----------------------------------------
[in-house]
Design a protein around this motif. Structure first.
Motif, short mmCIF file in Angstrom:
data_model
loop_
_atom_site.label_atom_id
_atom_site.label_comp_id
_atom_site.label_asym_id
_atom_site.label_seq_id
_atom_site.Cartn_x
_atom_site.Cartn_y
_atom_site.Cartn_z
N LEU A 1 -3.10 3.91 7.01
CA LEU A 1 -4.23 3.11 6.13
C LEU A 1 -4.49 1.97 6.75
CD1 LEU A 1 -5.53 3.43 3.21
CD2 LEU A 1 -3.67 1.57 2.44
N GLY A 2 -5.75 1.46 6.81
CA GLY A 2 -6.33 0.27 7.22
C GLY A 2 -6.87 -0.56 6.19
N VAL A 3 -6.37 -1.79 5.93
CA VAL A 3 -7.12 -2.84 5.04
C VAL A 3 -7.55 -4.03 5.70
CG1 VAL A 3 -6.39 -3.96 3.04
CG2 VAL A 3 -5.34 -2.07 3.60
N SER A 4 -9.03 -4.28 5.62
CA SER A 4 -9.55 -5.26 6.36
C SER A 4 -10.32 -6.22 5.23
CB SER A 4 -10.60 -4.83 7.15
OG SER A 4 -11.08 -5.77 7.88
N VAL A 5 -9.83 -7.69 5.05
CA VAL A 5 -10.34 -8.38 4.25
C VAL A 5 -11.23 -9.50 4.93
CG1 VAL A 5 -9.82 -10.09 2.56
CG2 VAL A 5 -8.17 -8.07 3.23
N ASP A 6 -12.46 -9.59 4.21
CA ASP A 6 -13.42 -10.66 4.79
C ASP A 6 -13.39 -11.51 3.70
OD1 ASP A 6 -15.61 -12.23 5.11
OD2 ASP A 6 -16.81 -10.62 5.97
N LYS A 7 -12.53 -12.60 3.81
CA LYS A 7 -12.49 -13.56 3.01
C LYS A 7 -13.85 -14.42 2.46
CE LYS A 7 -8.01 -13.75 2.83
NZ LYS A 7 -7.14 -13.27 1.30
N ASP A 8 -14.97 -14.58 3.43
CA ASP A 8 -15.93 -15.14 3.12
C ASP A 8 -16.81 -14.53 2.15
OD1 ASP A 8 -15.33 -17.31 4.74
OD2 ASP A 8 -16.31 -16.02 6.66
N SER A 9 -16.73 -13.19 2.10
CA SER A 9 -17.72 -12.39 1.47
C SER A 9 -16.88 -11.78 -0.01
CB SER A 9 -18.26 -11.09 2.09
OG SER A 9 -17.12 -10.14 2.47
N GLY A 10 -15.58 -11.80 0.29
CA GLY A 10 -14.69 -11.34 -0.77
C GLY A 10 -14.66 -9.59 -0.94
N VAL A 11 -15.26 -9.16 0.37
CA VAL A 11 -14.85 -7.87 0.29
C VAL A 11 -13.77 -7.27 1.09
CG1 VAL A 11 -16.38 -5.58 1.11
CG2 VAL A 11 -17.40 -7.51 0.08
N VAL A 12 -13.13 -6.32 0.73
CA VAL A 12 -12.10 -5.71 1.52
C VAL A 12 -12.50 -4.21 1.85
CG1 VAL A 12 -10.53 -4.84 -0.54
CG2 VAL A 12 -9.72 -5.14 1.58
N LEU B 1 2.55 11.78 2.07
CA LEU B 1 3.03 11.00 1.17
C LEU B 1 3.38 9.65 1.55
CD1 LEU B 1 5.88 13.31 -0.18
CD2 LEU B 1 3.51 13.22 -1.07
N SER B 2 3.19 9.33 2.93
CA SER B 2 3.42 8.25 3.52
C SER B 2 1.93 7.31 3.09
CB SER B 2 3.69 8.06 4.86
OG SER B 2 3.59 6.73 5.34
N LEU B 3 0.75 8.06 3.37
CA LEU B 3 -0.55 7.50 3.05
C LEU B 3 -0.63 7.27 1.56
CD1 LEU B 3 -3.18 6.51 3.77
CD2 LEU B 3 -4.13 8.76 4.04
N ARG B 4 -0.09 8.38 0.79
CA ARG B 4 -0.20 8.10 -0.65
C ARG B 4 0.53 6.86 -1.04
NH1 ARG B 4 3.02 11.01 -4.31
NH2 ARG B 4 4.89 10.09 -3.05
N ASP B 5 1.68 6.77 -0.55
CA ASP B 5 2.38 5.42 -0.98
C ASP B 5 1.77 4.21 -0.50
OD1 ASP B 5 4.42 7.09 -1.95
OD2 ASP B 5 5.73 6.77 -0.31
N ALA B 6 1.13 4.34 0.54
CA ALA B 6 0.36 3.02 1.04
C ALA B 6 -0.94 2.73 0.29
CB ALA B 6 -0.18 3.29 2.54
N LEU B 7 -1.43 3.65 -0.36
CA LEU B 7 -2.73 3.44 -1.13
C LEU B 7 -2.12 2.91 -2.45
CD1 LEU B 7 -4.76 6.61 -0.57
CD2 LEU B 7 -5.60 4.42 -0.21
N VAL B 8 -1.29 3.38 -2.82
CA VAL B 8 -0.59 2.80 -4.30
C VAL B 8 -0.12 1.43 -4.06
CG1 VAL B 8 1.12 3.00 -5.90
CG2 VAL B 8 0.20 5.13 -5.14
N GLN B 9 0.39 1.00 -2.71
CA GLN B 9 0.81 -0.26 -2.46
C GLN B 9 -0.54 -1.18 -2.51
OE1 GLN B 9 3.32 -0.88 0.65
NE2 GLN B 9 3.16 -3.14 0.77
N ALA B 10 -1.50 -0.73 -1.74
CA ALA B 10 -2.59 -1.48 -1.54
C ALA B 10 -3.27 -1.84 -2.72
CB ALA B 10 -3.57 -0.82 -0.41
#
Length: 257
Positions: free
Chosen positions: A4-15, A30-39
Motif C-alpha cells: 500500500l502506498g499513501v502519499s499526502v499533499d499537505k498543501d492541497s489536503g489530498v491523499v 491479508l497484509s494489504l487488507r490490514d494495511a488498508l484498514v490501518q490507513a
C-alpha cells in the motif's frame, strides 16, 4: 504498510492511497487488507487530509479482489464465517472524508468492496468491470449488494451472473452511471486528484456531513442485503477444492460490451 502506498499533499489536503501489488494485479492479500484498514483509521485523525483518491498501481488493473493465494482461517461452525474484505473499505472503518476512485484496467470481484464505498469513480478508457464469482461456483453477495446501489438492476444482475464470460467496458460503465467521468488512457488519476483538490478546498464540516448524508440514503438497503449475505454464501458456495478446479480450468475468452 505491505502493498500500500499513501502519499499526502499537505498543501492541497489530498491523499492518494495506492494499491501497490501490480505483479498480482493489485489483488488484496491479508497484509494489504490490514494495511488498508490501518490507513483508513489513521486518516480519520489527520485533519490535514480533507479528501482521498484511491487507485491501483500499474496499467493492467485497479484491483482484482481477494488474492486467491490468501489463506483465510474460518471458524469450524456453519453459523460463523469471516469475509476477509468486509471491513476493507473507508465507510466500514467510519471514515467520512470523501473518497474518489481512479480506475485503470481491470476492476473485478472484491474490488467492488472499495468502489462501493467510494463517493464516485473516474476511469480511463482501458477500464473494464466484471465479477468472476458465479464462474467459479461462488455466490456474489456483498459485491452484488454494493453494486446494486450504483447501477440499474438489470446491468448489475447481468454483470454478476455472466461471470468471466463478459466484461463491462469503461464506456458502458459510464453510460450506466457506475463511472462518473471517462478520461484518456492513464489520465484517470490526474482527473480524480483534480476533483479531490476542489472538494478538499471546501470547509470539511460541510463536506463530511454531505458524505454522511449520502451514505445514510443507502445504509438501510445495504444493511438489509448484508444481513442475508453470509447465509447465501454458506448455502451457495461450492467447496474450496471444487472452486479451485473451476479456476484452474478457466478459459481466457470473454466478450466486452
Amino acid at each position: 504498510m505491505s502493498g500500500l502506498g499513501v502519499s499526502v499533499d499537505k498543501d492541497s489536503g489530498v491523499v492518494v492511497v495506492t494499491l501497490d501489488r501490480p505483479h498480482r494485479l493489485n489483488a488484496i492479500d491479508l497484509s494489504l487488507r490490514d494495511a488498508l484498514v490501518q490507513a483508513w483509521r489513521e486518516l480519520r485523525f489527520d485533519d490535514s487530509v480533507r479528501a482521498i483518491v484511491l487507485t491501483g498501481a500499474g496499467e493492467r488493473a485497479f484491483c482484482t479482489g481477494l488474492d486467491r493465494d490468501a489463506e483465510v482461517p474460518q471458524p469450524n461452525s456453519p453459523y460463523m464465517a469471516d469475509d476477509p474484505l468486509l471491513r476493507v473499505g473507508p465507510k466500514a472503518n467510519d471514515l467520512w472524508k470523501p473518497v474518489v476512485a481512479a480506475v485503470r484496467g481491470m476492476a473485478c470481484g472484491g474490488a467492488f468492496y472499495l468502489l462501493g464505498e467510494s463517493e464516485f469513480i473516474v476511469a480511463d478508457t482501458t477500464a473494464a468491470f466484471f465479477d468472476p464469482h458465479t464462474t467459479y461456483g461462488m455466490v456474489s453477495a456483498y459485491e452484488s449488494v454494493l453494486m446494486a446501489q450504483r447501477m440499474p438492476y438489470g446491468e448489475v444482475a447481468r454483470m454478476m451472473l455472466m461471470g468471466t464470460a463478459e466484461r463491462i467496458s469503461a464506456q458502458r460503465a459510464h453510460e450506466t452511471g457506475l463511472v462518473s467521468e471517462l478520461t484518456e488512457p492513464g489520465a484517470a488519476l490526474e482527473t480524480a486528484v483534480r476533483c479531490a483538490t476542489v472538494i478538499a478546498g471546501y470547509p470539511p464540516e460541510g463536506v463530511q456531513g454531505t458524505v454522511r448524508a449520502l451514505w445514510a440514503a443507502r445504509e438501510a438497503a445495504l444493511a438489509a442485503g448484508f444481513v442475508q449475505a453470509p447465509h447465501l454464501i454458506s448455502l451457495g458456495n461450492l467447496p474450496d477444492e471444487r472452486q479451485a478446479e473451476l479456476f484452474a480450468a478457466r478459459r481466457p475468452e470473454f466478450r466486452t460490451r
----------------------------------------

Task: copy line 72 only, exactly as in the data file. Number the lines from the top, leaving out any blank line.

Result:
CD1 LEU B 1 5.88 13.31 -0.18